The past few years have been a figurative roller coaster ride for the construction industry. As construction continues to confront things like a declining workforce and inflation, we’re likely to see a few more twists and turns this year. Agents will need to keep a watchful eye on industry trends and what current market conditions may mean for construction clients and their coverage needs.
Here are a few things to watch throughout the remainder of 2023:
1. Skilled Labor Shortage. The construction industry has been battling a dwindling labor force in recent years, and that’s not expected to change in 2023. Put simply, there aren’t enough skilled workers to fill the open construction jobs.
According to the U.S. Bureau of Labor Statistics, the average age for construction workers is 42.4 years old. As more Baby Boomers reach retirement, they leave gaps in the workforce that aren’t filled fast enough by up-and-coming talent. Associated Builders and Contractors estimates the industry needs over half a million additional workers on top of the typical hiring pace to meet project demands.
The impact of these labor shortages are broad-sweeping, resulting in things like project delays, poor workmanship, and increased builder risk. The industry is also forced to pay higher rates to attract and retain talent, which drives up total project costs.
According to Associated Builders and Contractors (ABC), we’ll need 546,000 additional construction workers to keep up with demand. (Source)
2. Worker Safety Concerns. Labor shortages can also impact worker well-being. Companies trying to close their labor gap by training and upskilling new talent are confronted by the risks inherent with a less-than-experienced workforce. Mistakes or poor judgment can increase on-the-job accidents and injuries. In addition, construction companies are trying to do more with less, putting pressure on workers who may rush through work, take shortcuts, or commit to increased hours.
Now, more than ever, companies will have to prioritize safety programs to protect their workers, reduce liabilities, and minimize claim severity and frequency.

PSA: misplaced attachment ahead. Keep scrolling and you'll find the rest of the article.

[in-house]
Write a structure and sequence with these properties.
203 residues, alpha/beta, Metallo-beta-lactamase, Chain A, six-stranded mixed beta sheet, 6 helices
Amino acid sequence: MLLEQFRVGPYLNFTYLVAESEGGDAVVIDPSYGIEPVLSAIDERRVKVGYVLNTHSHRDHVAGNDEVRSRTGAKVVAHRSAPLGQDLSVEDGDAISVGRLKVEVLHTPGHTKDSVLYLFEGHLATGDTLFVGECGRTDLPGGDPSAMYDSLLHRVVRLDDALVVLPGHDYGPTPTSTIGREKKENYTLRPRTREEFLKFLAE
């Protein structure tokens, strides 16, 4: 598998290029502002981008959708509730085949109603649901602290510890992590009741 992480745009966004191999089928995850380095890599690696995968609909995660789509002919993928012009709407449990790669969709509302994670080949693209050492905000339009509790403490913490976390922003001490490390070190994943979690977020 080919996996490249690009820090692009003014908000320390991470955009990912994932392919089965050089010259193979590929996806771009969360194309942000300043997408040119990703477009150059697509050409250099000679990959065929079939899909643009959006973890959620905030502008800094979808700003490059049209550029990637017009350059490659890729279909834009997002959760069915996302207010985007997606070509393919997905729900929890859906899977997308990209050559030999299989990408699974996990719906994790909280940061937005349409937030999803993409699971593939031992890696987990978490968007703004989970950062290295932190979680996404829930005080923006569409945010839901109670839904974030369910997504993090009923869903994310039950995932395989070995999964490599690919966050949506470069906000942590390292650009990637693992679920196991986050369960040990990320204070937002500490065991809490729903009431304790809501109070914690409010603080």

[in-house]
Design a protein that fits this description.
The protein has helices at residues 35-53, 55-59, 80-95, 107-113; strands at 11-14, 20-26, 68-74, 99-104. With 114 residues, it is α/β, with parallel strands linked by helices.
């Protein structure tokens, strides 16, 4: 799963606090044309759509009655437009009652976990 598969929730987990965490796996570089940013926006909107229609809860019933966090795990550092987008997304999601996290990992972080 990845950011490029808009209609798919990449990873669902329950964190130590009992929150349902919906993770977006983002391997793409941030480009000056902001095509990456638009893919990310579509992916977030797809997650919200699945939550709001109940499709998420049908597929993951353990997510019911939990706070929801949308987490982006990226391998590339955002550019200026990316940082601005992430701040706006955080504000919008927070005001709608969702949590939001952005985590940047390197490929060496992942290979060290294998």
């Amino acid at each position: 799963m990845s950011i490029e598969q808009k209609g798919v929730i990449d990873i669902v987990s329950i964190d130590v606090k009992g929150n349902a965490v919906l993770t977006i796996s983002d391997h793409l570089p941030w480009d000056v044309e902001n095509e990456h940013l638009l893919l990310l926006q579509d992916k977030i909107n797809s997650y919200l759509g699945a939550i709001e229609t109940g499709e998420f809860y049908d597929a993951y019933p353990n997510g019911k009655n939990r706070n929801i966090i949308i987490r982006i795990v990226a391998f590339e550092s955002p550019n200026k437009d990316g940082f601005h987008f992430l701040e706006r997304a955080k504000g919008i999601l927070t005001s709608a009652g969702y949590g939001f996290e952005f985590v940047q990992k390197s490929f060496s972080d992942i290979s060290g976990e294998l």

3. Inflation and rising costs. By now, everyone is growing weary of the topic of inflation, but unfortunately it’s a trend that will continue to impact construction throughout 2023. Inflation reached a 40-year high in 2022, impacting everything from building supply prices, equipment purchase and rental prices, and labor costs. The good news is that inflation has been falling in recent months, and construction material costs are seeing some relief as a result. However, prices across the board still remain high.
Very simply, from an insurance perspective, the higher the prices, the more a building costs to build, and the more it costs to insure.
4. Infrastructure building projects. At the end of 2021, Congress signed the $1.2 trillion Infrastructure Investment and Jobs Act. This bill allocated funding for commercial construction, including transportation, utilities, major infrastructure projects (e.g. roads and bridges), power infrastructure, and the electricity grid. The bill is expected to spur construction spending and boost demand for civil and infrastructure construction services.
In addition to the obvious benefits this may have for larger construction firms, this could also mean more joint venture opportunities for smaller contractors and construction companies who want to join forces to tackle larger projects. All these new projects, regardless of size, will prompt various coverage considerations—from Workers’ Compensation to General Liability and Excess Liability and more.
5. Growing Cyber Crime Threats. According to NordLocker, construction holds the #2 spot for being the most targeted industry for ransomware attacks between January 2020 and January 2022. Ransomware attacks, however, are just one of the many cyber crimes construction companies need to watch for in the coming year. As construction companies adopt more technology and tools to streamline operations and gain efficiencies (everything from better order management and customer portals to robotics and drones), the more vulnerable they become to attack and exploitation. Small and medium-size businesses are particularly at risk, because they often lack the resources and expertise to implement appropriate security measures.
Companies will need to be proactive and vigilant when it comes to protecting themselves against cyber risk. Without proper cyber security and risk mitigation, construction companies open themselves up to attacks that can expose company and customer data and result in everything from business interruptions and delayed projects to payment interception and compromised equipment.
Stay ahead of construction trends and their insurance implications by partnering with Jencap. Our unmatched market access and strong carrier relationships will give your clients the best coverage and rates available. Contact us today to get started.